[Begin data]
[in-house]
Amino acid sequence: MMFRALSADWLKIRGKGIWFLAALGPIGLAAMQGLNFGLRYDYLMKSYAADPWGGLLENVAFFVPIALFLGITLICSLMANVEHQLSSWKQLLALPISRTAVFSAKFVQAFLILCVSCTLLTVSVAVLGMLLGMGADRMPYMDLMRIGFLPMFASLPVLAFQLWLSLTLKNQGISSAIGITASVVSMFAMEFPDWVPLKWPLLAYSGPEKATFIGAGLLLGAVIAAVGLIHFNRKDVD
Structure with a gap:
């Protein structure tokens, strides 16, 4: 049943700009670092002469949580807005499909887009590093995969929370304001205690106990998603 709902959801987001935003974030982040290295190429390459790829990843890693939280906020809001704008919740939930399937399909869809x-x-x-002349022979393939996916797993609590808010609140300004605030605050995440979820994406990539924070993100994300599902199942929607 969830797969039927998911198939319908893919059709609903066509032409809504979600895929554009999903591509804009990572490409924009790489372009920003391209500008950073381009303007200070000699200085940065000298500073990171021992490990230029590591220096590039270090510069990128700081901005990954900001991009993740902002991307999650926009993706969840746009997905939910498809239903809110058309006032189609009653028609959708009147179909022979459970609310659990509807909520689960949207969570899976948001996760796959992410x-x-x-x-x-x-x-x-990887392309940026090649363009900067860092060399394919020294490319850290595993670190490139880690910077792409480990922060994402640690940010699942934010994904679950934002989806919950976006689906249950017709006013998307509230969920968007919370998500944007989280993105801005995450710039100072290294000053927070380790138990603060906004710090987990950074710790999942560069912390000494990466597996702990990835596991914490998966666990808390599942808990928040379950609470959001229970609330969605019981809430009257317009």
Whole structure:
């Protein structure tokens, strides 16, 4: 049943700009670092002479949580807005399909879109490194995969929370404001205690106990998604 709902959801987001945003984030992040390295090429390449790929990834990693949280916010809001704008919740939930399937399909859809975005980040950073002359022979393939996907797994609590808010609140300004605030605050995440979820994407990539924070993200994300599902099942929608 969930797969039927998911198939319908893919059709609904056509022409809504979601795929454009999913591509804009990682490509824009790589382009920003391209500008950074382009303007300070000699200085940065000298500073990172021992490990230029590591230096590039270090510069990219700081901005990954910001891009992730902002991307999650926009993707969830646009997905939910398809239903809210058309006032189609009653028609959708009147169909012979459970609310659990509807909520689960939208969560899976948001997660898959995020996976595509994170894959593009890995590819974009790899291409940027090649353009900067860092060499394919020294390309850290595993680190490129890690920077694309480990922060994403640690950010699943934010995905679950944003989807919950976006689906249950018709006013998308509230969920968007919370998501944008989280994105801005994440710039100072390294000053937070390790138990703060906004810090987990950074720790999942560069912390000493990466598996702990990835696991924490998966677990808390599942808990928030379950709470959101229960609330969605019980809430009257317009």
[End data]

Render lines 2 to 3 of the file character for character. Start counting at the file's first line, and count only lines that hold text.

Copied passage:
Amino acid sequence: MMFRALSADWLKIRGKGIWFLAALGPIGLAAMQGLNFGLRYDYLMKSYAADPWGGLLENVAFFVPIALFLGITLICSLMANVEHQLSSWKQLLALPISRTAVFSAKFVQAFLILCVSCTLLTVSVAVLGMLLGMGADRMPYMDLMRIGFLPMFASLPVLAFQLWLSLTLKNQGISSAIGITASVVSMFAMEFPDWVPLKWPLLAYSGPEKATFIGAGLLLGAVIAAVGLIHFNRKDVD
Structure with a gap: